As a Republican hoping that my party will retake the White House in 2016, I watched with intense interest as New Jersey Governor Chris Christie talked and talked and talked his way out of ”Bridgegate.”
The general consensus is that Christie did a decent job of bemoaning his circumstances and keeping his cool, considering that the damaging political/legal issues have only just begun.
But it was Christie’s “I am not a bully” persona that reminded me just how truly weak the entire bench of Republican presidential hopefuls is for 2016.
Sure, before Bridgegate and just after Christie’s victory in New Jersey there were a few national polls that showed Christie either tied or close to Hillary Clinton. In some, he was actually shown as ahead of her.
Indeed, dealing with Bridgegate could even make Christie a stronger candidate. However, national polls mean nothing three years before a general election. (Just ask the 2006-2007 presidential “front runner,” Rudy Giuliani, how that early status worked out for him.)
The problem for the GOP in 2016 goes much deeper than whether Christie can overcome his first big crisis. (Sorry, unlike some Republicans I do not count Christie’s embrace of President Obama during the aftermath of Hurricane Sandy in 2012 as a hurdle that he needs to overcome.)
What I am referring to is the Herculean task before Christie of winning the 2016 Republican nomination given that the conservative wing and primary-controlling base voters are ferociously anti-Christie for numerous political and policy reasons, among them Medicaid expansion and gun control just for starters.
Here is a representative comment written by your average right-leaning Republican on RedState, the influential conservative website, in response to this negative piece about Christie’s prospects in 2016. (Try to ignore the comma splices, misspellings, and other grammatical and stylistic infelicities.):
We don’t need another McCain/Romney that’s what Christie is in fact, he’s further to the left than either of them. If Christie is the nominee then its time for a 3rd party because the base of the party isn’t being represented.
Thus, here are the some possible Christie scenarios for 2016:
Christie manages to win the nomination and the GOP civil war officially begins.
Christie’s nomination launches a breakaway third party.
Christie’s nomination is the reason the base stays home.
In each case, you can add “and Hillary wins” to the end of the sentence.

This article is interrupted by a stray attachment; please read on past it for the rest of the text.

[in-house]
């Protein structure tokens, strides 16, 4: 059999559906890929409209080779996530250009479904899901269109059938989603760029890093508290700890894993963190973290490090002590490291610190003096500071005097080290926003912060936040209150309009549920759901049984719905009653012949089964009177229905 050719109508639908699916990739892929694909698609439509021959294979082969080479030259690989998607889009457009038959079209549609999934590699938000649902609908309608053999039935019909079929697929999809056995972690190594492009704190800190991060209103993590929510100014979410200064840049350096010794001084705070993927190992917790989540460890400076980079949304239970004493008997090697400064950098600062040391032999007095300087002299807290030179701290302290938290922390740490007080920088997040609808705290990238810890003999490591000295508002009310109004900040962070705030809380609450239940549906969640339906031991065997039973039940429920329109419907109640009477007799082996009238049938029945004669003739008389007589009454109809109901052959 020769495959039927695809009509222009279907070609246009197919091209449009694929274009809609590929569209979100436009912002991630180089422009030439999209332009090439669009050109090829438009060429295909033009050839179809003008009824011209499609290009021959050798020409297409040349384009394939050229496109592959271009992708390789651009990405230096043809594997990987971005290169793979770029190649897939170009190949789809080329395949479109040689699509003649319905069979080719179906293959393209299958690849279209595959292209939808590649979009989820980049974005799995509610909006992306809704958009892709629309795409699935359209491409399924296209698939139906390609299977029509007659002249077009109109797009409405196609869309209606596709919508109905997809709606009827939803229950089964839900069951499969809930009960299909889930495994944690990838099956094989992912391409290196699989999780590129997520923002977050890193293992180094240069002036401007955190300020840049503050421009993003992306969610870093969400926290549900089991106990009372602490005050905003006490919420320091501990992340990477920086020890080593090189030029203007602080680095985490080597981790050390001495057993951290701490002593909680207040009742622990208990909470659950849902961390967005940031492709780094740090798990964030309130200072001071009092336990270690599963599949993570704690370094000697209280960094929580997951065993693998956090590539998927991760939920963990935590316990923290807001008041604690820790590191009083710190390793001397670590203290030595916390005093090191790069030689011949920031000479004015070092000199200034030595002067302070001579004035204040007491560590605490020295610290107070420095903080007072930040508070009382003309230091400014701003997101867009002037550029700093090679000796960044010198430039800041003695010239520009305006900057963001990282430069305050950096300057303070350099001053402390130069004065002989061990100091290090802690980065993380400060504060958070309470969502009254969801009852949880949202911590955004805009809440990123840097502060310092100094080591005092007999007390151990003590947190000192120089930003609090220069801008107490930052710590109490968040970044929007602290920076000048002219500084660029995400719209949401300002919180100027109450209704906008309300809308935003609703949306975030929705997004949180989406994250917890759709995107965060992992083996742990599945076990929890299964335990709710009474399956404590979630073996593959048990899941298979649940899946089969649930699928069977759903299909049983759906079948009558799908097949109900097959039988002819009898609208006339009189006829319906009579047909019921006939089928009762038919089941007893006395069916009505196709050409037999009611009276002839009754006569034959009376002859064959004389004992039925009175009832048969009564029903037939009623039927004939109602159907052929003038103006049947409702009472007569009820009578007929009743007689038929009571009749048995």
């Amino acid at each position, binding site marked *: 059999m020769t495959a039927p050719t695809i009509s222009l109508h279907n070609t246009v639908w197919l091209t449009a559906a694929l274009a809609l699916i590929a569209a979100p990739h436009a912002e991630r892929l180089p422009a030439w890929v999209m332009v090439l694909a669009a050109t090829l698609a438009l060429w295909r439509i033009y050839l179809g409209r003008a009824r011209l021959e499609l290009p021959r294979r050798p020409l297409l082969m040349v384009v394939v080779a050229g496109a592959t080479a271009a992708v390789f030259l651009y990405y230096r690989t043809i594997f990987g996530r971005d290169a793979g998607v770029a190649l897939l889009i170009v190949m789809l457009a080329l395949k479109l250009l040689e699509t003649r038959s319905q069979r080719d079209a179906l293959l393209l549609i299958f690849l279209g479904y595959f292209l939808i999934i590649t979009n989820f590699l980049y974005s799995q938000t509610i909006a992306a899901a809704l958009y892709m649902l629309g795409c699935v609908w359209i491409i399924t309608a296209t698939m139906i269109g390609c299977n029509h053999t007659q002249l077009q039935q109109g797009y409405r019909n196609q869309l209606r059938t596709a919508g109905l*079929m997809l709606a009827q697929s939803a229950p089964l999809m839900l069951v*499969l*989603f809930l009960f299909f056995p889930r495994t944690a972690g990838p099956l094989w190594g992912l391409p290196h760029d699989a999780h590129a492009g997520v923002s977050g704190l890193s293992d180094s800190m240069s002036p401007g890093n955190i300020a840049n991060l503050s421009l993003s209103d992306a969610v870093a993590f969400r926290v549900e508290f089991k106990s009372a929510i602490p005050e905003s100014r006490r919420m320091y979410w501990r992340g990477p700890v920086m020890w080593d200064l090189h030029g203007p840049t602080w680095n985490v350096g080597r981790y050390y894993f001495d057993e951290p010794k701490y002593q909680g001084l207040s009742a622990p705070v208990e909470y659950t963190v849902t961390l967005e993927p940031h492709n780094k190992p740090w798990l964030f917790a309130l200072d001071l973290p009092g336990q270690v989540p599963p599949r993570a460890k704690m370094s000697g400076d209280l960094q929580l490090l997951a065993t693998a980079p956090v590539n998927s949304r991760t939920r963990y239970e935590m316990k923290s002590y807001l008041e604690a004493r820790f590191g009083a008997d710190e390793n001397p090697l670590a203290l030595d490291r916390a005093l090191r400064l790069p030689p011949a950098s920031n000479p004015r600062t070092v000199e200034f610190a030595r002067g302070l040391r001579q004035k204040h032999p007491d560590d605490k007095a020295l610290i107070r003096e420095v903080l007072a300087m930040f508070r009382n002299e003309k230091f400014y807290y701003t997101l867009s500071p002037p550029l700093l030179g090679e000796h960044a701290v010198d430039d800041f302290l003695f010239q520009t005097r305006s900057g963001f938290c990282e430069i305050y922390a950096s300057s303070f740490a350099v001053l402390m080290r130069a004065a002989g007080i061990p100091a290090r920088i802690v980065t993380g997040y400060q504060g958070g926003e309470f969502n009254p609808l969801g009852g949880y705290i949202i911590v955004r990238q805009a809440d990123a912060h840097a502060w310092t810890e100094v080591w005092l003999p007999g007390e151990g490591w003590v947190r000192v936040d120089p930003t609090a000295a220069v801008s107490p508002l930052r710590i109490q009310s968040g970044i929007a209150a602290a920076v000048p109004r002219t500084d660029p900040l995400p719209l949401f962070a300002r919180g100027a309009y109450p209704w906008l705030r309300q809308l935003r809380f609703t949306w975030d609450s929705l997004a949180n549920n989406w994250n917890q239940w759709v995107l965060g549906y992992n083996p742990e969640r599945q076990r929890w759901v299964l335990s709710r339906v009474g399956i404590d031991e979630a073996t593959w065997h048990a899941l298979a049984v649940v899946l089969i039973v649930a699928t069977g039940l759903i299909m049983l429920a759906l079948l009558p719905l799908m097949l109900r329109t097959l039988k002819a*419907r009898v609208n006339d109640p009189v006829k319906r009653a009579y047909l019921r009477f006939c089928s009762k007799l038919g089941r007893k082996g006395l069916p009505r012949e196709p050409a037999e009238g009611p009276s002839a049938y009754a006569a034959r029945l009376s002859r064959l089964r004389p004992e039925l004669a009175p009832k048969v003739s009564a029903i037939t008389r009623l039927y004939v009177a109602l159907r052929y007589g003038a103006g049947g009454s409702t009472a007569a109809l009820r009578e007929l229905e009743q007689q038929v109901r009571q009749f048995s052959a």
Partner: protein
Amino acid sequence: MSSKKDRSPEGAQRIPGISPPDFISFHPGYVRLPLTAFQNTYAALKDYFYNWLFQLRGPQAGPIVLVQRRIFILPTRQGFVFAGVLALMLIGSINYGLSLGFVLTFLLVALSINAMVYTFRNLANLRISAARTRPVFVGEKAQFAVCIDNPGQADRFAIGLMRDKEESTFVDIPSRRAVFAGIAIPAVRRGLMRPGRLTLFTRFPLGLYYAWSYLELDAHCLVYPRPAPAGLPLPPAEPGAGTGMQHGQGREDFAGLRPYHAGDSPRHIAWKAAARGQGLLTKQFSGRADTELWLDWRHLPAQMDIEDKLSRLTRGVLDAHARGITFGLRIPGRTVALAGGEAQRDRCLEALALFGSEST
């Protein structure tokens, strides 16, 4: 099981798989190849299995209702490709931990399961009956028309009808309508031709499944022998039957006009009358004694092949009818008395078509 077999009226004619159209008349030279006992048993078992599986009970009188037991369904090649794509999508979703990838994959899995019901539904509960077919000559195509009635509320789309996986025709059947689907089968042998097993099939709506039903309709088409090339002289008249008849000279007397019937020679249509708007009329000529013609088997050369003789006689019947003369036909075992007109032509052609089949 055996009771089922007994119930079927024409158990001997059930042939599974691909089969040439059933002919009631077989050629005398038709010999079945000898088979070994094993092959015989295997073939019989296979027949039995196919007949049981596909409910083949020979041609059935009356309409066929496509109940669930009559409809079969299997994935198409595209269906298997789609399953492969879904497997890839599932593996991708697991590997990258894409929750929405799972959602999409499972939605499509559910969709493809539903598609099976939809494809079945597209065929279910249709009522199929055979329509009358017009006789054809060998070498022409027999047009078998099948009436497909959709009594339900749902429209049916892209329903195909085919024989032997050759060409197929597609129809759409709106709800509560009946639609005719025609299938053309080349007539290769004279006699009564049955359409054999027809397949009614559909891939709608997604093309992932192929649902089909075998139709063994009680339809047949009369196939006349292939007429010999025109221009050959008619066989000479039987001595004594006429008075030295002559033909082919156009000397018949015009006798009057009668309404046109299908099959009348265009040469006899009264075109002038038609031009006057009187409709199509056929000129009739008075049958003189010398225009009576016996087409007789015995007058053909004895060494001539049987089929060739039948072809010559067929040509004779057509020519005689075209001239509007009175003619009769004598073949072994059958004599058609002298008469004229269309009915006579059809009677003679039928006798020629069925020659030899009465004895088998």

So if Christie runs and fails to get the nomination or decides against running at all who is left (I mean right) that can defeat Hillary?
The first name that comes to mind is Senator Rand Paul. Paul has been working non-stop gaining national stature and dropping hints about running in 2016. But he is only a freshman senator and is also up for reelection in 2016. Under Kentucky state law Senator Paul cannot run for both the U.S. Senate and president. Therefore, he must make a decision whether to run for president no later than early in 2015m in order to give another GOP Senate candidate time to launch a bid. But then, if things don’t work out on the presidential primary trail, Senator Paul (aka Dr. Paul) will be back practicing medicine under Obamacare.
A safer bet would be for Senator Paul to run for reelection, build up his “brand” both in the Senate and across the nation, and then wait another four or eight years.
In the meantime, there is Ted Cruz of Texas, who won his Senate seat in 2012 and not up for reelection until 2018. Cruz, although a laughing stock to the mainstream media, is extremely popular among primary base voters. Conceivably, he could win the nomination, setting the stage for Democrats to “Cruz” to a Johnson vs. Goldwater-style landslide.
We’re not through with Texas yet because the word is that Governor Rick Perry is planning on making a serious run for the 2016 nomination (at least more serious than his abysmal 2012 campaign. Don’t underestimate Perry, who has a record to run on that sings a real song of hope, change, and job creation. You can’t help but admire Perry as he touts his big Texas economic success story. However, my 2016 forecast for Perry is cloudy with a 10% chance of winning.
And what about former Arkansas Governor turned Fox News host Mike Huckabee? He hinted late in 2013 that he might run again in 2016. But will he be willing to forsake his lucrative TV gig to grind it out on the campaign trail? Probably not, but even talk about running is good for his ratings.
Don’t forget about Wisconsin congressman and former 2012 vice presidential candidate Paul Ryan. He is the one who many in the party believe has the best chance of defeating Hillary. But they can keep dreaming because Ryan probably has his eye on a bigger job in the House.
Finally, you can forget about former golden boy, Senator Marco Rubio of Florida. Rubio too is up for reelection that year and cannot be on the same ballot twice.
So back to my original question: Does the GOP have anyone who can beat Hillary in 2016? An answer did not appear in recent piece by Keith Koffler titled The GOP Needs a Conservative in 2016. Where Koffler makes the case why the GOP needs a conservative in 2016 but neglects to put a name to the need. Unfortunately the word conservative cannot appear on the ballot opposite Hillary Clinton.
Cross-posted at The Daily Beast